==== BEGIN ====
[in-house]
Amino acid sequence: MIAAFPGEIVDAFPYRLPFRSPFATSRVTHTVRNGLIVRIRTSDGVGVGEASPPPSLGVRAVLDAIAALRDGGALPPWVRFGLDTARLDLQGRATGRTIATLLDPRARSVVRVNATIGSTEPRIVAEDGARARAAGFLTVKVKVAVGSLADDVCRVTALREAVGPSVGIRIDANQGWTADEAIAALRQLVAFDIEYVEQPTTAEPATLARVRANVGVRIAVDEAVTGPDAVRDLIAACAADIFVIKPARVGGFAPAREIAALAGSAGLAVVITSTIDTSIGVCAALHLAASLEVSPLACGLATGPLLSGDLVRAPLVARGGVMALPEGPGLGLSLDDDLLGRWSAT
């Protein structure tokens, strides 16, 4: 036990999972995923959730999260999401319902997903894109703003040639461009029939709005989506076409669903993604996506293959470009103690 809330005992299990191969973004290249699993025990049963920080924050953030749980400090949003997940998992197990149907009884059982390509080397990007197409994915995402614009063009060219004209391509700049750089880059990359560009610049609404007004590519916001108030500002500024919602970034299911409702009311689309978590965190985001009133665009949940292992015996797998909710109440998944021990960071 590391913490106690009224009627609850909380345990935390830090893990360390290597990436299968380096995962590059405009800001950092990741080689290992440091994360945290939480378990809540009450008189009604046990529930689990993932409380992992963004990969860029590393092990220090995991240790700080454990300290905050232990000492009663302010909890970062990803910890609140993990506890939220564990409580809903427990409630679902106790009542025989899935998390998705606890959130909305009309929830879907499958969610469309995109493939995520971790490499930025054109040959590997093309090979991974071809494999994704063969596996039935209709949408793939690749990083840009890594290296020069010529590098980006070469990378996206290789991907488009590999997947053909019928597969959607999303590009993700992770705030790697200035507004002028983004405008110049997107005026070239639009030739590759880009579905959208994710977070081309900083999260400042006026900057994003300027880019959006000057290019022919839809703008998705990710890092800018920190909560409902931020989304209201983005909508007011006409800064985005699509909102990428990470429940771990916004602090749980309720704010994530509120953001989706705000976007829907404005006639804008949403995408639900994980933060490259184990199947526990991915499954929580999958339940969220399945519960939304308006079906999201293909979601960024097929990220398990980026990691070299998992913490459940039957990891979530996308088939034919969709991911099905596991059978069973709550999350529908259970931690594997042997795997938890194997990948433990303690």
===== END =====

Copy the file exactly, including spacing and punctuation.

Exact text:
[in-house]
Amino acid sequence: MIAAFPGEIVDAFPYRLPFRSPFATSRVTHTVRNGLIVRIRTSDGVGVGEASPPPSLGVRAVLDAIAALRDGGALPPWVRFGLDTARLDLQGRATGRTIATLLDPRARSVVRVNATIGSTEPRIVAEDGARARAAGFLTVKVKVAVGSLADDVCRVTALREAVGPSVGIRIDANQGWTADEAIAALRQLVAFDIEYVEQPTTAEPATLARVRANVGVRIAVDEAVTGPDAVRDLIAACAADIFVIKPARVGGFAPAREIAALAGSAGLAVVITSTIDTSIGVCAALHLAASLEVSPLACGLATGPLLSGDLVRAPLVARGGVMALPEGPGLGLSLDDDLLGRWSAT
């Protein structure tokens, strides 16, 4: 036990999972995923959730999260999401319902997903894109703003040639461009029939709005989506076409669903993604996506293959470009103690 809330005992299990191969973004290249699993025990049963920080924050953030749980400090949003997940998992197990149907009884059982390509080397990007197409994915995402614009063009060219004209391509700049750089880059990359560009610049609404007004590519916001108030500002500024919602970034299911409702009311689309978590965190985001009133665009949940292992015996797998909710109440998944021990960071 590391913490106690009224009627609850909380345990935390830090893990360390290597990436299968380096995962590059405009800001950092990741080689290992440091994360945290939480378990809540009450008189009604046990529930689990993932409380992992963004990969860029590393092990220090995991240790700080454990300290905050232990000492009663302010909890970062990803910890609140993990506890939220564990409580809903427990409630679902106790009542025989899935998390998705606890959130909305009309929830879907499958969610469309995109493939995520971790490499930025054109040959590997093309090979991974071809494999994704063969596996039935209709949408793939690749990083840009890594290296020069010529590098980006070469990378996206290789991907488009590999997947053909019928597969959607999303590009993700992770705030790697200035507004002028983004405008110049997107005026070239639009030739590759880009579905959208994710977070081309900083999260400042006026900057994003300027880019959006000057290019022919839809703008998705990710890092800018920190909560409902931020989304209201983005909508007011006409800064985005699509909102990428990470429940771990916004602090749980309720704010994530509120953001989706705000976007829907404005006639804008949403995408639900994980933060490259184990199947526990991915499954929580999958339940969220399945519960939304308006079906999201293909979601960024097929990220398990980026990691070299998992913490459940039957990891979530996308088939034919969709991911099905596991059978069973709550999350529908259970931690594997042997795997938890194997990948433990303690």